Solving the Supply Paradox

A low cost collaborative bank first approach will fix many of the issues around securing supply teachers, says the Supply Register.

There is no escaping the fact that talent supply shortages within the teaching profession are now at crisis levels, particularly when it comes to supply recruitment. But while the reasons behind the current problem may be deep and complex, the solution requires a ‘back to basics’ approach.

In recent years we have witnessed long established university teacher-training courses being systematically replaced with School Direct schemes which many education establishments find hard to sustain as budgets are cut in real-terms for the first time in decades. Add to that the fact that around 40 per cent of newly qualified teachers are believed to leave the profession within the year, and it’s easy to see why talent pools are beginning to stagnate.

In fact, according to the National Audit Office, the number of teachers leaving the profession has increased by 11 per cent over three years and ministers have failed to hit their recruitment target for four consecutive years – despite a £700m annual bill for their efforts.

The independent School Teachers’ Review Body (STRB) recently warned that schools in England and Wales face staff shortages unless the government funds ‘significant’ increases in teacher pay. However, at a time when agency supply is outstripping direct supply, it is doubtful that staff themselves will ever benefit from increasing HR budgets.

According to the NUT, the cost of agency supply teachers to schools has increased markedly in recent years. Analysis of recent DfE figures shows that the cost to schools of supply staff rose to £1.3bn in 2014-15, representing an increase of more than a quarter in the last two years. The cost for academies and Free Schools rose by 42 per cent in just 12 months. Furthermore, the average daily charge to schools by a supply agency for a teacher can be as much as £100 higher than the actual daily pay rate for that teacher, which goes straight into the agency’s coffers.

Supply teaching is often regarded as a positive experience for all teachers but of particular importance for NQTs. Diverse environments can help professionals to gain a vital blend of experience in inner-city, SEN, EAL settings, which enable them to become more rounded practitioners. However, when 90 per cent of supply teachers’ pay in England and Wales is not in-line with what they would be entitled to if employed by a school or an academy directly, many are sacrificing around £6,000 a year to sharpen their skills through the variety that supply work offers.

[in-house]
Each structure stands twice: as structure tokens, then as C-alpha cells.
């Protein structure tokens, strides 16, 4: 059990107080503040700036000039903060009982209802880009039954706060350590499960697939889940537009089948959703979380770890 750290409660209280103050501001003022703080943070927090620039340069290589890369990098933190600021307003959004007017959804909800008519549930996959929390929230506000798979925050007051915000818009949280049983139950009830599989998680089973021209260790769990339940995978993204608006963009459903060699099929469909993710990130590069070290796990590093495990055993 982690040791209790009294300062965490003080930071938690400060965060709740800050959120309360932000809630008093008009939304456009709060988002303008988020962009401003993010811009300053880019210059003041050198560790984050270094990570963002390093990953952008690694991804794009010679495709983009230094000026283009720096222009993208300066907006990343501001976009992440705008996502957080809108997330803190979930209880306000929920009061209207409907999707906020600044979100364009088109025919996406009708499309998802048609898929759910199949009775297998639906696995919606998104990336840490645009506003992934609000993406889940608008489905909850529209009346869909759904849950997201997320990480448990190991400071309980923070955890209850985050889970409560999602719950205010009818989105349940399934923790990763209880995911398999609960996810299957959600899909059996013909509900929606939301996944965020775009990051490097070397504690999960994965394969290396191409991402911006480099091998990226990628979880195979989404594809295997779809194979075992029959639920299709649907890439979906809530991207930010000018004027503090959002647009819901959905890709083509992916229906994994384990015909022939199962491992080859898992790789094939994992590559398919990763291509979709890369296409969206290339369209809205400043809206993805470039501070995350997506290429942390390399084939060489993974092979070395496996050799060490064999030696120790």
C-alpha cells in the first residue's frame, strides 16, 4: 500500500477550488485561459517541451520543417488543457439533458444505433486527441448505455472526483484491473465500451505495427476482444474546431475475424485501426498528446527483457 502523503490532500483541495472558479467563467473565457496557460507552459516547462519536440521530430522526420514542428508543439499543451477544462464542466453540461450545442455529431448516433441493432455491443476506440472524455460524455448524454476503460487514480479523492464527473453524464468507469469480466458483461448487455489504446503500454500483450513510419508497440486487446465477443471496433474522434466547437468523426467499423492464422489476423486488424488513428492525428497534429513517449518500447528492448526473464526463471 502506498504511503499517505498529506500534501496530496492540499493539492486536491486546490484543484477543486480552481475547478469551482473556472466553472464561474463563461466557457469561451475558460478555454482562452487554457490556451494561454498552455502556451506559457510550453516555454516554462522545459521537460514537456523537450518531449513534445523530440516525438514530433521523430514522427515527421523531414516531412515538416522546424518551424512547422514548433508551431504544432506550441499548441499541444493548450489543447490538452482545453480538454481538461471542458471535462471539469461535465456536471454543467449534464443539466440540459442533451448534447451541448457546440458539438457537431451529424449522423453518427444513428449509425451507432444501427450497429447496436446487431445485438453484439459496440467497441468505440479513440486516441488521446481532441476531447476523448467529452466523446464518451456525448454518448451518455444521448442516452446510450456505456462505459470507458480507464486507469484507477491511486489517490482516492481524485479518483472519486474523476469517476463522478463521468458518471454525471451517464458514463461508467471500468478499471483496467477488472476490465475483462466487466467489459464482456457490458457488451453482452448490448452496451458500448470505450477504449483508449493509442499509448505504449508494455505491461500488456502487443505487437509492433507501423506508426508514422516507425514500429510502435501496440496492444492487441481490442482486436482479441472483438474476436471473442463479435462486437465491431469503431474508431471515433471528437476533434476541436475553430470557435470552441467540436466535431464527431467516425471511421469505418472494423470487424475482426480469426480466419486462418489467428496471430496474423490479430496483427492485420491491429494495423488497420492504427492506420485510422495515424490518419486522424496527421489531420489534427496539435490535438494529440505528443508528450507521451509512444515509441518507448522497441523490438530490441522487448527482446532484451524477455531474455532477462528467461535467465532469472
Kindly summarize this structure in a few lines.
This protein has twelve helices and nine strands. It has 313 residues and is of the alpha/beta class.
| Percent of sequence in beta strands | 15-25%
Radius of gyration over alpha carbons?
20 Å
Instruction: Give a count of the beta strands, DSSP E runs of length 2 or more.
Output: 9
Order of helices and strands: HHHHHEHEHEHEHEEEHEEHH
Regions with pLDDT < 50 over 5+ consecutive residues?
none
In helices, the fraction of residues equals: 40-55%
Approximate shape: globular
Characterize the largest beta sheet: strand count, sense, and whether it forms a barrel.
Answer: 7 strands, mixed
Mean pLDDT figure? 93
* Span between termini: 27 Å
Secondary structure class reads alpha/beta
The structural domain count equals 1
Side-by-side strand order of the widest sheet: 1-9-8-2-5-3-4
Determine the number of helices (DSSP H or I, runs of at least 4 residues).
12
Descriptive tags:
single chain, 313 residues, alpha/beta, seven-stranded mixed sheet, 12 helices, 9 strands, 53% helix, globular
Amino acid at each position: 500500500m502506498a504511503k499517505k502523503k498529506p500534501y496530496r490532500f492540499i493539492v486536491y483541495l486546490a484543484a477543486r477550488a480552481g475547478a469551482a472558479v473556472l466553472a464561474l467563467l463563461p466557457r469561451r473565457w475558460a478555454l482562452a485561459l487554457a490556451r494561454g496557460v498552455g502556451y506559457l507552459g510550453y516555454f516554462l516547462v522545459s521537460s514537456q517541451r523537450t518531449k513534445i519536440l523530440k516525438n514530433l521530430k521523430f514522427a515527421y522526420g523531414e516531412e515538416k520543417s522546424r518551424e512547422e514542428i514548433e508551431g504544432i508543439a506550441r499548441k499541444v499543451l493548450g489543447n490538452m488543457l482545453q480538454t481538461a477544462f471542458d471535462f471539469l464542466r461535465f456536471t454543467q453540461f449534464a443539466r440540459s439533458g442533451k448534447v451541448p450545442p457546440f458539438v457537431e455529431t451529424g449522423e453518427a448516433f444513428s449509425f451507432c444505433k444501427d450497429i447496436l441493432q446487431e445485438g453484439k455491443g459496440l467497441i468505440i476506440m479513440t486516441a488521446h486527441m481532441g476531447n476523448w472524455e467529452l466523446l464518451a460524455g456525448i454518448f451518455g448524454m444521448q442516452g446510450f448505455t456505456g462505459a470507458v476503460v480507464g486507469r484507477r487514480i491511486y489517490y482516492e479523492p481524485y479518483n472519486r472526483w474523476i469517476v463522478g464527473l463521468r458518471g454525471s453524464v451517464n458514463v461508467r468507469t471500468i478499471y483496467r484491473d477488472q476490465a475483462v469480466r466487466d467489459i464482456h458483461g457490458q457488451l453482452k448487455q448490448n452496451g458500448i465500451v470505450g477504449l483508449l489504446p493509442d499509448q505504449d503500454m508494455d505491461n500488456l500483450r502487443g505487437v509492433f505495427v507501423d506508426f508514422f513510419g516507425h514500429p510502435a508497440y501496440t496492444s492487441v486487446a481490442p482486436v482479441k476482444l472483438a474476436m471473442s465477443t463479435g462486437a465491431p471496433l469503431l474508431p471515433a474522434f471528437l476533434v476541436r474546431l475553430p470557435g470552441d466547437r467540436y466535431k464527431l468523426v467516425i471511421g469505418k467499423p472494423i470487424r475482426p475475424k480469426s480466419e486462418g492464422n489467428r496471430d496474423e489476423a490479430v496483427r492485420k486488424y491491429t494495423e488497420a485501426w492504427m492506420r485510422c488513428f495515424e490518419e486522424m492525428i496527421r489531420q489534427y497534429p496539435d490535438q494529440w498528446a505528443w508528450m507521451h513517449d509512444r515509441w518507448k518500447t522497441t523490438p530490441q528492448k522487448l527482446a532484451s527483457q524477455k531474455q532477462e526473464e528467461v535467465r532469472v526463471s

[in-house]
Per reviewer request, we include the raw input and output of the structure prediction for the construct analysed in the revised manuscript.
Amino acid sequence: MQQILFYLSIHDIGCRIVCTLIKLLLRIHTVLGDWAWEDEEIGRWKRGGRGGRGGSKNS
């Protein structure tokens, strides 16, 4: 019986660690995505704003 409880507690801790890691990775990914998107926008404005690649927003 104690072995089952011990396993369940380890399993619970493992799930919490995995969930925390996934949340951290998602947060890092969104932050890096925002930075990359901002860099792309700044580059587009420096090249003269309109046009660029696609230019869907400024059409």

This climate is creating what some commentators have labeled a supply paradox. As the traditional ‘black book’ approach to supply staffing becomes less feasible, agencies are increasingly called in to source talent. The lower pay and poor CPD support offered by agencies demotivates and discourages teachers – hence contributing to the shortage. Put simply, the agency ‘solution’ is contributing to the problem.

A myriad of data shows that teachers would prefer a direct relationship with schools, but increasing compliance coupled with fundamental shifts in the structure of the education system means that this is not always feasible. The solution is a gradual return to easily accessible, local, regional and multi academy talent banks without unnecessary legislative pressures.

By making small but persistent changes, schools and academies can become open to working collaboratively as partners to share local talent that can be deployed safely and reliably. With teachers and teaching assistants lobbying regularly because of the unfair pay and treatment they can often receive from agencies, technology platform The Supply Register addresses the problems that commonly arise for professionals who choose to complete assignments through supply.

While other technology platforms available in the market often rely on incumbent supply agencies to engage, through The Supply Register, schools can bridge the gap between absence and agency engagement with an ever growing eco-system of temporary staff. When the bank is unable to deliver the desired personnel the vacancy is cascaded to carefully selected tiers of agencies. The result is that schools can have immediate access to fully vetted, motivated and ethically paid supply teachers.

One of the most discussed topics amongst policy-makers and school staff is the future of our nation’s teachers. And with pupil numbers in England predicted to rise by eight per cent over the next 5 years, at the same time that there is a demographic dip in the numbers of graduates in their early 20s, this ‘teacher crunch’ shows no sign of abating. Justine Greening’s recent appointment as Education Secretary – one of the few to have held the role to have attended a non-selective state school – will hopefully provide fresh long term resolutions to the ongoing talent crisis. In the meantime, we need a supply recruitment solution that benefits not only school leaders – but also the staff themselves if we are to retain our world-renowned education system.

“Solving the Supply Paradox” featured in the August edition of Education Business Magazine.

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